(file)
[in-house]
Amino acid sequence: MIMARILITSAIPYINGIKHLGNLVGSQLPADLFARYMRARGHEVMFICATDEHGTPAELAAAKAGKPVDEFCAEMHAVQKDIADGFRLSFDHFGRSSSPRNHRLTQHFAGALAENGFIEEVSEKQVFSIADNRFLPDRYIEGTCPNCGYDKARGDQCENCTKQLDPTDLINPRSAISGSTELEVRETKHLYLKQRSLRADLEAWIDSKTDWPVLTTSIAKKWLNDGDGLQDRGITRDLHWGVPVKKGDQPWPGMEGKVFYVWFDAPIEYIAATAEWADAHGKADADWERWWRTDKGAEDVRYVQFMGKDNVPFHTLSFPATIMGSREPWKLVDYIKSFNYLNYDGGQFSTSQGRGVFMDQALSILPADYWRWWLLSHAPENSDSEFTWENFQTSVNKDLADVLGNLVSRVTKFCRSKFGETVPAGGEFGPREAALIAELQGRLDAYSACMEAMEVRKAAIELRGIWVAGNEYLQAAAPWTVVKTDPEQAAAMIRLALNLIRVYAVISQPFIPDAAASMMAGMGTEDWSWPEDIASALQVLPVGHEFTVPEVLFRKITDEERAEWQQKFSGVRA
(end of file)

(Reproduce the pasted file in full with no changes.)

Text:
[in-house]
Amino acid sequence: MIMARILITSAIPYINGIKHLGNLVGSQLPADLFARYMRARGHEVMFICATDEHGTPAELAAAKAGKPVDEFCAEMHAVQKDIADGFRLSFDHFGRSSSPRNHRLTQHFAGALAENGFIEEVSEKQVFSIADNRFLPDRYIEGTCPNCGYDKARGDQCENCTKQLDPTDLINPRSAISGSTELEVRETKHLYLKQRSLRADLEAWIDSKTDWPVLTTSIAKKWLNDGDGLQDRGITRDLHWGVPVKKGDQPWPGMEGKVFYVWFDAPIEYIAATAEWADAHGKADADWERWWRTDKGAEDVRYVQFMGKDNVPFHTLSFPATIMGSREPWKLVDYIKSFNYLNYDGGQFSTSQGRGVFMDQALSILPADYWRWWLLSHAPENSDSEFTWENFQTSVNKDLADVLGNLVSRVTKFCRSKFGETVPAGGEFGPREAALIAELQGRLDAYSACMEAMEVRKAAIELRGIWVAGNEYLQAAAPWTVVKTDPEQAAAMIRLALNLIRVYAVISQPFIPDAAASMMAGMGTEDWSWPEDIASALQVLPVGHEFTVPEVLFRKITDEERAEWQQKFSGVRA